Aside from the symphony, perhaps no musical form has been explored more in-depth by composers than that of the string quartet. Originally brought to prominence during the Classical period by the "Father of the String Quartet," Franz Joseph Haydn, the form continued to be expanded upon throughout the nineteenth century by Romantic composers such as Franz Schubert, Ludwig van Beethoven, and Johannes Brahms. To kick off their yearlong series of concerts as the Met's 2015–16 Quartet in Residence, the Chiara String Quartet will perform all three of Brahms's quartets tonight in the Grace Rainey Rogers Auditorium. As evidenced by the title of the program, Brahms by Heart, Chiara will perform the works entirely from memory—a true feat of musical dexterity, the musician's equivalent of completing a high-wire act without a net.
After Beethoven's death, in 1826, the string quartet form began to fall out of favor during the second half of the nineteenth century, which can be attributed to the rise in programmatic music (works based on imagery and story, rather than abstract music) as well as the fact that composers during this period felt the weight of trying to build upon the refinement Beethoven brought to the form over the course of his sixteen quartets. Among those composers who felt particularly haunted by the specter of Beethoven was Brahms (1833–1897), who eschewed the trend of programmatic, grandiose musical statements, choosing instead to look back to the harmonies and compositional structures used by Beethoven and Johann Sebastian Bach. In fact, Brahms was so self-critical of his abilities to match the symphonies and string quartets of Beethoven that he didn't publish his first statements in either form until he was well into his forties. (Interestingly enough, both his first quartet and first symphony were written in the key of C minor—the same key Beethoven chose for his warhorse fifth symphony.)
Brahms destroyed some twenty string quartets over a period of roughly the same number of years before allowing his first two works in the form to be published in 1873—Op. 51, nos. 1 and 2. The catharsis of publication apparently gave the composer the confidence he needed to pursue another work, and Brahms published his third and final quartet, Op. 67, just three years later. From the terse, tragic strains of the first quartet through the sunnier, pastoral folk dances presented in the third quartet, Brahms brought his virtuosic sense of counterpoint and thick orchestral textures to the quartets, which each make incredible demands on the performers due to the wide variety of colors and stamina needed to create a convincing performance.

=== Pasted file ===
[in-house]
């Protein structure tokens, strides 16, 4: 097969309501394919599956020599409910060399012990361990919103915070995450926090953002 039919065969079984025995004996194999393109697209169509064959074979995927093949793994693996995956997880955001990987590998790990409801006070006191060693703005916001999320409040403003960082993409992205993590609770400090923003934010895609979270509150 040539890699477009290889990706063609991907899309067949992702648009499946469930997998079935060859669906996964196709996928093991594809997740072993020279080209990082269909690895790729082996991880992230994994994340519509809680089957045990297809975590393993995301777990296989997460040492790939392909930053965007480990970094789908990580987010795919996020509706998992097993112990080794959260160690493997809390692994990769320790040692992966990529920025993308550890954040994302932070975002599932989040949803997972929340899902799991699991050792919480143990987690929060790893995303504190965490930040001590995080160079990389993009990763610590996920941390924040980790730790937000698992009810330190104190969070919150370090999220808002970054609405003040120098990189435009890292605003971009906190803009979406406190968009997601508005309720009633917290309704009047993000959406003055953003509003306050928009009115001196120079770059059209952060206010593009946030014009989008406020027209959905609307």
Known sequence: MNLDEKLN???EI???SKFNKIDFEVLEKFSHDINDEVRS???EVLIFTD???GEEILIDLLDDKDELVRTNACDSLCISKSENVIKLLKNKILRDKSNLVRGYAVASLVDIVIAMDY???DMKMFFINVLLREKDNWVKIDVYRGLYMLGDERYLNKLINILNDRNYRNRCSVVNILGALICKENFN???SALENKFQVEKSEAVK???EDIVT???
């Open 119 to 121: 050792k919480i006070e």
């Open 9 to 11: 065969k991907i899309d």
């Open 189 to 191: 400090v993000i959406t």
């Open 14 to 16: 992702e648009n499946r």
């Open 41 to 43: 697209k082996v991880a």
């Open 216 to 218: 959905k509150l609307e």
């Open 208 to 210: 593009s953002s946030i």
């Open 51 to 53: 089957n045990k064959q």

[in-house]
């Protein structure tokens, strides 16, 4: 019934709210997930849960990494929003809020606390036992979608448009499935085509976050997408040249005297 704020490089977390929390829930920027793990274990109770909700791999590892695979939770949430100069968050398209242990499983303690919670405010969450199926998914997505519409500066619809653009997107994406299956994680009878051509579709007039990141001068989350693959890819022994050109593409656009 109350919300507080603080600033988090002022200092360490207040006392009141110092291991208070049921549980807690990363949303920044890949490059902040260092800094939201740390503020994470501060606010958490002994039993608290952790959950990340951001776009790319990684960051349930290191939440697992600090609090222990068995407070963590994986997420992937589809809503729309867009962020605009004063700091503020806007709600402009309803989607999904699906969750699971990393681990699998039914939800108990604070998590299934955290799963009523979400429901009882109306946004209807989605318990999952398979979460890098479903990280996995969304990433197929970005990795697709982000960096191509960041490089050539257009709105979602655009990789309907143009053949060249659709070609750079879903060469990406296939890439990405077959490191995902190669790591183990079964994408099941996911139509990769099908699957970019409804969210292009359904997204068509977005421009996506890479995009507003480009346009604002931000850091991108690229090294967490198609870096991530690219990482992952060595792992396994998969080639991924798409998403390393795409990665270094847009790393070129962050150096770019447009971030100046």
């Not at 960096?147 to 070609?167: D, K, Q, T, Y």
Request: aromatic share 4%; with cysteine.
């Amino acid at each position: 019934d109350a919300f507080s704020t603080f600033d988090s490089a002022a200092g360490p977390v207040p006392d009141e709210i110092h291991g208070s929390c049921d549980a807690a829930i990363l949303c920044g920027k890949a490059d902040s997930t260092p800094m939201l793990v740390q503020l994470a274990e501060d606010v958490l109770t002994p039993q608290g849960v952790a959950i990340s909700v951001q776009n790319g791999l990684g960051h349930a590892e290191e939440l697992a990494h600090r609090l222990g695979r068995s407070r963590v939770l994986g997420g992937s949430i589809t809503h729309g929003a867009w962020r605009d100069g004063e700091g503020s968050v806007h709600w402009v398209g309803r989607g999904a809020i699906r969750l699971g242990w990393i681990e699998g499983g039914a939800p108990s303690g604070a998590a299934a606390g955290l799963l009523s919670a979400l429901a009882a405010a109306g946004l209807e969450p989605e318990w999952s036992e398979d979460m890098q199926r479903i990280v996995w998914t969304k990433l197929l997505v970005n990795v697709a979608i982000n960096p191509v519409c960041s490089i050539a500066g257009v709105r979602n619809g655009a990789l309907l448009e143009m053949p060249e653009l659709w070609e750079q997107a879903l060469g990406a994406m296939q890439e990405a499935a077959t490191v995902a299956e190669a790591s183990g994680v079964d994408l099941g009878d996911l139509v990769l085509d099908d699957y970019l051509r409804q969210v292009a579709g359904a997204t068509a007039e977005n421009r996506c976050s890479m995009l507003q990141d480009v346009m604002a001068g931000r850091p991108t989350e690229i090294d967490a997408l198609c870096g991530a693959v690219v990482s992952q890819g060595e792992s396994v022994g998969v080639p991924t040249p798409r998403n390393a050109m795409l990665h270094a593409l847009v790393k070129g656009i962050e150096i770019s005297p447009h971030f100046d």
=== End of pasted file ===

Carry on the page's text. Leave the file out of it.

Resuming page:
Now a regular presence in the string quartet canon, Brahms's three quartets are also credited with revitalizing interest in the form during the first half of the twentieth century, with composers such as Bela Bartók and Dmitri Shostakovich making particularly significant contributions, Bartók with six quartets and Shostakovich with a remarkable cycle of fifteen works. Even Arnold Schoenberg—the composer who pivoted composition away from the lush tonality of late Romanticism and into the serial-minded techniques of the early twentieth-century avant-garde—applauded Brahms's quartets for providing great advancements to the form, and Schoenberg ultimately wrote four quartets of his own across a thirty-one-year period.
In addition to tonight's performance of the Brahms cycle by the Chiara String Quartet, the group will return to the Met on November 13 to perform the same composer's Piano Quintet in F minor with pianist Simone Dinnerstein. Future concerts in their residency will also feature important quartets by Bartók (Quartet No. 4) as well as Schubert and Beethoven (Quartet No. 14, "Death and the Maiden," and Quartet No. 12, respectively).
To purchase tickets to any of Chiara String Quartet's upcoming performances or any other Met Museum Presents event, visit www.metmuseum.org/tickets; call 212-570-3949; or stop by the Great Hall Box Office, open Monday–Saturday, 11:00 a.m.–3:30 p.m.
Met Museum Presents Blog: "Obsession as Art: The String Quartets of Leoš Janáček" (February 3, 2015)
Of Note: "Happy Birthday to Papa Haydn, Father of the String Quartet" (March 31, 2014)